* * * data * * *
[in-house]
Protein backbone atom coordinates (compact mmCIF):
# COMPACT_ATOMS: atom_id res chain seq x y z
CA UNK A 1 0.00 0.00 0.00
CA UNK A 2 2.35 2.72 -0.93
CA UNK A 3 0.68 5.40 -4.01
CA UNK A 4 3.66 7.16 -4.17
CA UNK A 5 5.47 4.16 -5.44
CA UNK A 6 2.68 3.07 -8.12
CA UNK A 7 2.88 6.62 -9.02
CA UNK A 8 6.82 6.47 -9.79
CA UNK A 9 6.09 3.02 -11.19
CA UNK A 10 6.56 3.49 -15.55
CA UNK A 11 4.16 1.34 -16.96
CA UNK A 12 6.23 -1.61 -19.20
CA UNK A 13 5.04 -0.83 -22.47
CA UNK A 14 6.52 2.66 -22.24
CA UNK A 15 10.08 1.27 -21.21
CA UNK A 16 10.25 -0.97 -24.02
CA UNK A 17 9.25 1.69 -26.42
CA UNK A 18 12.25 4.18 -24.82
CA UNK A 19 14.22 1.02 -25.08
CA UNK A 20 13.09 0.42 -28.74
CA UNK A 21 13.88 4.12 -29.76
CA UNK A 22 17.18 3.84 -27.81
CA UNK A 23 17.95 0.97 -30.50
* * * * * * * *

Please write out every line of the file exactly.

[in-house]
Protein backbone atom coordinates (compact mmCIF):
# COMPACT_ATOMS: atom_id res chain seq x y z
CA UNK A 1 0.00 0.00 0.00
CA UNK A 2 2.35 2.72 -0.93
CA UNK A 3 0.68 5.40 -4.01
CA UNK A 4 3.66 7.16 -4.17
CA UNK A 5 5.47 4.16 -5.44
CA UNK A 6 2.68 3.07 -8.12
CA UNK A 7 2.88 6.62 -9.02
CA UNK A 8 6.82 6.47 -9.79
CA UNK A 9 6.09 3.02 -11.19
CA UNK A 10 6.56 3.49 -15.55
CA UNK A 11 4.16 1.34 -16.96
CA UNK A 12 6.23 -1.61 -19.20
CA UNK A 13 5.04 -0.83 -22.47
CA UNK A 14 6.52 2.66 -22.24
CA UNK A 15 10.08 1.27 -21.21
CA UNK A 16 10.25 -0.97 -24.02
CA UNK A 17 9.25 1.69 -26.42
CA UNK A 18 12.25 4.18 -24.82
CA UNK A 19 14.22 1.02 -25.08
CA UNK A 20 13.09 0.42 -28.74
CA UNK A 21 13.88 4.12 -29.76
CA UNK A 22 17.18 3.84 -27.81
CA UNK A 23 17.95 0.97 -30.50